"I can't wear a pink shirt to work-- everyone else wears white shirts. I'm not popular enough to be different!" --Homer Simpson

The world teaches us that there are some skills it's okay to brag about, and others that are better kept quiet. Sports heoroes can talk all they want about their game and their skills and their behavior off the field, but a kid who can sort out a Rubik's cube in under ten seconds will probably not have a place in the school's trophy case. Race car drivers and professional gamblers and successful business owners are almost expected to be in the public eye. People with normal lives, though, should probably stick to the shadows.

One of my top three peeves is that this even happens in the Christian world. We respect and honor the superstars of ministry, but often forget that untelevised stories are just as faithful and just as important.

One of the powers of the Internet is connecting people with sideline interests to other people who think those things are interesting and cool. With video cameras in so many hands, it's been only a matter of time until the Internet adapted to make everyone a video star.

I'm talking about YouTube, a free site where users can upload and watch videos from all around the world. Everything from homemade music videos to video diaries to, yes, even the kid with the Rubik's cube is hosted on YouTube, and it's an important resource for youth ministers to know about, in the same way it's important for us to be aware of and competent at MySpace.

I first found out about YouTube when reading other youth workers' blogs. The authors would often post videos, usually humorous ones, to their sites and link back to the source. After seeing several clips, I followed the links and found the original site.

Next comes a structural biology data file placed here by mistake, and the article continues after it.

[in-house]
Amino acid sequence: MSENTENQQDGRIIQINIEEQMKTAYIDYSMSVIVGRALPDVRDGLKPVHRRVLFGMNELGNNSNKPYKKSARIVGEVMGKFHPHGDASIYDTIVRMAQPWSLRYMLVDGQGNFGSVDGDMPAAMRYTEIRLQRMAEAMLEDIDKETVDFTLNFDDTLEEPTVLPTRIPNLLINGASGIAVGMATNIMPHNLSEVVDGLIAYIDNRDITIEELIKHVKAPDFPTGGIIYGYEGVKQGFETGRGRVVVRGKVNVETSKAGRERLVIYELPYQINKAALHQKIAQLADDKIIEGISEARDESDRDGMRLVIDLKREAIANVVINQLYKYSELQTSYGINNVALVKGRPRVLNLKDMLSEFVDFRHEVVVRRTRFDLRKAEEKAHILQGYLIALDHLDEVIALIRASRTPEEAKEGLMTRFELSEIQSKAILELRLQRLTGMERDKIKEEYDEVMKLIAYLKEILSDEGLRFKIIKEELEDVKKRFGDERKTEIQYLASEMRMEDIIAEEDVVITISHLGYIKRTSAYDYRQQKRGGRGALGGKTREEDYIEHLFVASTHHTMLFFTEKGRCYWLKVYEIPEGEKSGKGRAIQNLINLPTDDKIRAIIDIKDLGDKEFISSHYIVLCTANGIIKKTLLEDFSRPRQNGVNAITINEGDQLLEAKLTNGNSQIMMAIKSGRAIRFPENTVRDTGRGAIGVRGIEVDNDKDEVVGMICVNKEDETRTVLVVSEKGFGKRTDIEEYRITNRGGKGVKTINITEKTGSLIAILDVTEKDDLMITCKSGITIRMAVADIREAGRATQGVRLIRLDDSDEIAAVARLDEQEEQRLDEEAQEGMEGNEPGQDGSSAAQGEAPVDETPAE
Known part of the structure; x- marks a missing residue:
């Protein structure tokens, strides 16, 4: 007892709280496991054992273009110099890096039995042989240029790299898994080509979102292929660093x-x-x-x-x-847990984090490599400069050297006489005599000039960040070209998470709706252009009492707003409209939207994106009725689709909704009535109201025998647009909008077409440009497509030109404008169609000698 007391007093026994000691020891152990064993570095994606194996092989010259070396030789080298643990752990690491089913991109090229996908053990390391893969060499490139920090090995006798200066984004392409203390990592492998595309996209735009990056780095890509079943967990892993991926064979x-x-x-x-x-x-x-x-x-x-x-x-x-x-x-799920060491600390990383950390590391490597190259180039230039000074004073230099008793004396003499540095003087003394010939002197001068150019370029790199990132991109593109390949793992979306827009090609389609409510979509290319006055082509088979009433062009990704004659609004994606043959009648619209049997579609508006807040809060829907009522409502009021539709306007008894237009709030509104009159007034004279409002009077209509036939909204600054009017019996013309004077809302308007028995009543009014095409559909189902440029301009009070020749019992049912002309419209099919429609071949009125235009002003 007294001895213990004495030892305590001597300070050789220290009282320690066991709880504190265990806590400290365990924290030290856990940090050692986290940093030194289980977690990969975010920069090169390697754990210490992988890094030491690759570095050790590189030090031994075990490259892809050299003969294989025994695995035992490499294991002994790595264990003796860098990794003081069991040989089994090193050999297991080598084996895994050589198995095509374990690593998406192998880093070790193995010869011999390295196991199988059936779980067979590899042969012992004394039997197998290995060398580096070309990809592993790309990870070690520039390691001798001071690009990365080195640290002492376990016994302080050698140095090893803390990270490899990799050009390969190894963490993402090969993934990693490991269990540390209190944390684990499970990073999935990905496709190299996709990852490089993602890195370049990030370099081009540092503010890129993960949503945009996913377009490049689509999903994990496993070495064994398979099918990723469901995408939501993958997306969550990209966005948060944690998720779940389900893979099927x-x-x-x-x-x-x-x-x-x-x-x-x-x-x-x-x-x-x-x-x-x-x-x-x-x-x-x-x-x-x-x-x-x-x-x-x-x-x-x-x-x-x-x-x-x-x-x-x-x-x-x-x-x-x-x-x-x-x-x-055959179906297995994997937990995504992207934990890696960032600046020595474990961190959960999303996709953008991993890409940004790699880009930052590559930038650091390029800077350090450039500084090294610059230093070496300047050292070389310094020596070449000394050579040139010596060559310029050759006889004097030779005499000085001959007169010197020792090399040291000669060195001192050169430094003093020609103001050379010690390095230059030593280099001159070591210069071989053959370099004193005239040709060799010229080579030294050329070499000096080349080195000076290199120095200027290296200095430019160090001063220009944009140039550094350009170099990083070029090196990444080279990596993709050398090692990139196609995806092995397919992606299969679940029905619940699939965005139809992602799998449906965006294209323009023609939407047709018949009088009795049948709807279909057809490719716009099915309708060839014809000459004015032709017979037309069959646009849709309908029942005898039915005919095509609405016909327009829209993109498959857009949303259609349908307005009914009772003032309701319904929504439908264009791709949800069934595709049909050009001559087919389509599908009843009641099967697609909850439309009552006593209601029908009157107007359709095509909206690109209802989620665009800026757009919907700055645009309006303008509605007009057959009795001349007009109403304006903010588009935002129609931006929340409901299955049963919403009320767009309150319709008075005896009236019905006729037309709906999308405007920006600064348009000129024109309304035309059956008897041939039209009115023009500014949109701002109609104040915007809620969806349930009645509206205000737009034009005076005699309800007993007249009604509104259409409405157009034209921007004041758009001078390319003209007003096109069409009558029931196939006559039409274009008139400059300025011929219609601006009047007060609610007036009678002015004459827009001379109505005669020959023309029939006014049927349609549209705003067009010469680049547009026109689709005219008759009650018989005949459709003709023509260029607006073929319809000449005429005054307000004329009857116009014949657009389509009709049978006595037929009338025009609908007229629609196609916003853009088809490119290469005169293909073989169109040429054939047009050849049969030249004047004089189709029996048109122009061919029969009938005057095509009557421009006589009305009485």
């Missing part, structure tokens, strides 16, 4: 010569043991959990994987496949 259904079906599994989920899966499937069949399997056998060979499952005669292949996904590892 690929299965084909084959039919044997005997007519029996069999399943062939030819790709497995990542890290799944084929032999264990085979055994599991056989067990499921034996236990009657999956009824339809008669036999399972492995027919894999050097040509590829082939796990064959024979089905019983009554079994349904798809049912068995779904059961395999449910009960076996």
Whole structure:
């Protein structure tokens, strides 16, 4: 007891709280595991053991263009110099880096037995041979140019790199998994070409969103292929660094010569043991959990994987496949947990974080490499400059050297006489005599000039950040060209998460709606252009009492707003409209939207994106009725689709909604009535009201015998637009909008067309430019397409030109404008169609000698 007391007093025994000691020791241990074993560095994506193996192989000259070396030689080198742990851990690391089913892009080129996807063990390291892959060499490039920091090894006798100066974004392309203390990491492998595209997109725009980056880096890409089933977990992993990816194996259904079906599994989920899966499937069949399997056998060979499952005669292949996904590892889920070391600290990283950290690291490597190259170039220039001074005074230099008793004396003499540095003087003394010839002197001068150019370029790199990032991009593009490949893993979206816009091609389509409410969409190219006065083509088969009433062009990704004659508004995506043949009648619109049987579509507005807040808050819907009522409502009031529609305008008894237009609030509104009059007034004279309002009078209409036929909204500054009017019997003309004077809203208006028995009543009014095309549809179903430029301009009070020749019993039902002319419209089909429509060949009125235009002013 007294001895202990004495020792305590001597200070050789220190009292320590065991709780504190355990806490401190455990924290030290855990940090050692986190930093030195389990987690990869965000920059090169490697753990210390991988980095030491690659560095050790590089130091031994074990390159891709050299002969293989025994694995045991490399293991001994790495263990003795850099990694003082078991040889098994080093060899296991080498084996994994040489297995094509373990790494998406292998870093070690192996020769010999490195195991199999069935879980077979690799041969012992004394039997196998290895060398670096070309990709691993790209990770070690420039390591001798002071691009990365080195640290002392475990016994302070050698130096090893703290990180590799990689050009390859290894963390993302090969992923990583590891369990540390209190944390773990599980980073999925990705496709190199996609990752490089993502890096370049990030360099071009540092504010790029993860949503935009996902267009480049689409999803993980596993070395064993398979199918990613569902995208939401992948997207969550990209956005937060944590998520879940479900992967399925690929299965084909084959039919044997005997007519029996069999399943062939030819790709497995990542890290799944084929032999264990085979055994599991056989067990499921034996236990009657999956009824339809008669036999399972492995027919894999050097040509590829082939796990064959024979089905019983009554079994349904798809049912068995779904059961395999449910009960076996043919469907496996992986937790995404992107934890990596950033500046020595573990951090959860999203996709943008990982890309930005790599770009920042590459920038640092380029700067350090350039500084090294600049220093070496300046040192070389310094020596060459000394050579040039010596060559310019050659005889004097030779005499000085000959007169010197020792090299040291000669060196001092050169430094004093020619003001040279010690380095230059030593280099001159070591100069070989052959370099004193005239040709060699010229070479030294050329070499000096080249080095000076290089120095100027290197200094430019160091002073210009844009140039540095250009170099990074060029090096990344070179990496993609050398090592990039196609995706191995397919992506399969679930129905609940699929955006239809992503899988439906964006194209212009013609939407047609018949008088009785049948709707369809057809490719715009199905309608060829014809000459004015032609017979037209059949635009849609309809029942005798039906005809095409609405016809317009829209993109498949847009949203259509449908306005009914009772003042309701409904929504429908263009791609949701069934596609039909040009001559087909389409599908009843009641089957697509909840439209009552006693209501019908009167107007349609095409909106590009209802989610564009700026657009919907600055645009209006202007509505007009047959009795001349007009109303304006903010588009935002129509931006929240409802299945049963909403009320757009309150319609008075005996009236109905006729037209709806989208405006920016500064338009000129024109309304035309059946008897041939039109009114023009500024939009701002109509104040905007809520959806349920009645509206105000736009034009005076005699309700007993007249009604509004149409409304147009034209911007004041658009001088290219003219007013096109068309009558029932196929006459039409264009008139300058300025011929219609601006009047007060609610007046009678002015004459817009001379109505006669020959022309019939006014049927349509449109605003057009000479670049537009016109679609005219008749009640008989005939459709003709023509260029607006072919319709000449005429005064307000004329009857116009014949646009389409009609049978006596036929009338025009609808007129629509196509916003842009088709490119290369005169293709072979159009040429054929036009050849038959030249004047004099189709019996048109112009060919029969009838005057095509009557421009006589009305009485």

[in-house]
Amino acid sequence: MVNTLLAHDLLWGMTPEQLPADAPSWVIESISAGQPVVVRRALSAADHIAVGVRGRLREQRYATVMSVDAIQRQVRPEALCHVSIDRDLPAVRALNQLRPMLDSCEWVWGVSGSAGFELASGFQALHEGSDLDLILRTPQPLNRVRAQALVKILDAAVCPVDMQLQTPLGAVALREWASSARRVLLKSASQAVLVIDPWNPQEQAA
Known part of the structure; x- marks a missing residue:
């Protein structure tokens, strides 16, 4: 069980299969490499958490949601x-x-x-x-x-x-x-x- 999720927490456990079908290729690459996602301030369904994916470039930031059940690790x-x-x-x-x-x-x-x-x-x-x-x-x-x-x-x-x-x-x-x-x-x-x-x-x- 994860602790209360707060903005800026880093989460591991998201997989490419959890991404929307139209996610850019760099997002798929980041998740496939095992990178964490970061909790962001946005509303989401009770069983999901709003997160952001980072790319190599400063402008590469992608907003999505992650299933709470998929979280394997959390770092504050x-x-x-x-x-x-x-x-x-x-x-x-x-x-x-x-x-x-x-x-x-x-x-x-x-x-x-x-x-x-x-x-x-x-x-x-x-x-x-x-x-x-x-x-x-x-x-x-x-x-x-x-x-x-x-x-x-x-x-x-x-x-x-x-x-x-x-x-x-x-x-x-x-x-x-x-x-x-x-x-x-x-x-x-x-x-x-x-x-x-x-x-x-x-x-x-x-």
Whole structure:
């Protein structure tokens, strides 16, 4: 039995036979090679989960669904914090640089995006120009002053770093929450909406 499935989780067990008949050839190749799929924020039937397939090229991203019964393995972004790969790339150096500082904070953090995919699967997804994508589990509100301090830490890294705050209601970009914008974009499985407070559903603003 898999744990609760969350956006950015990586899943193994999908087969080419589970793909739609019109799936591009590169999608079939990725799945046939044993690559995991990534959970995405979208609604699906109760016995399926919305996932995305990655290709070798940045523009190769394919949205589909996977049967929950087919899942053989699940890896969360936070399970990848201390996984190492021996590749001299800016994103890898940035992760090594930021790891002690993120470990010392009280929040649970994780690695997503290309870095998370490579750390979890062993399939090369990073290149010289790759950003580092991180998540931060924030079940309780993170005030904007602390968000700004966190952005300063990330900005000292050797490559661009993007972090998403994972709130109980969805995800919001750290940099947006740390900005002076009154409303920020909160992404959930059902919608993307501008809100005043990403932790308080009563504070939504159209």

The main benefit of YouTube is that it gives the people who post the chance to share their lives and their talents freely. They're not fighting celebrities or trying to live up to whatever image is set by the influencers in school and at home. The site also gives the people who watch a chance to find out what real life is like for some real people. Surfing through YouTube, I've found videos of skateboarding tricks, cheerleading routines, dancing, adorable infants, and tributes to favorite movies, shows, musicians and celebrities.

There are a few dark sides to the site. While many users (probably unconsciously) follow fair use guidelines, there is an awful lot of copyrighted material included in these videos. Often, the clips are used in remixes or as a backdrop to the main subject of the video, but I've also frequently found videos that are just lifted from TV or the computer and reposted whole. Like MySpace, the site is filtered by a combination of staff and reader feedback, and a fair amount of explicit material slips through the cracks. Because the Internet seems to promise anonymity, posters sometimes include videos that show vandalism, underage drinking, and hint at drug use. YouTube may be a potent source of affirmation, but it is also not a completely healthy place.

With these few notes, my recommendation is that we as youth ministers be aware of the site and its attraction for our students, and then look for ways we can, within the safety of our own communities, offer some of the same exposure and praise for the unique talents that live in our groups.

And now a few videos.

"This is my _______ face" (little boy making funny faces)
Rubik's Cube in 25 secs.
And once more, but with one hand.
A song, a guitar, a personal revelation.
Guy jumping into a snowbank

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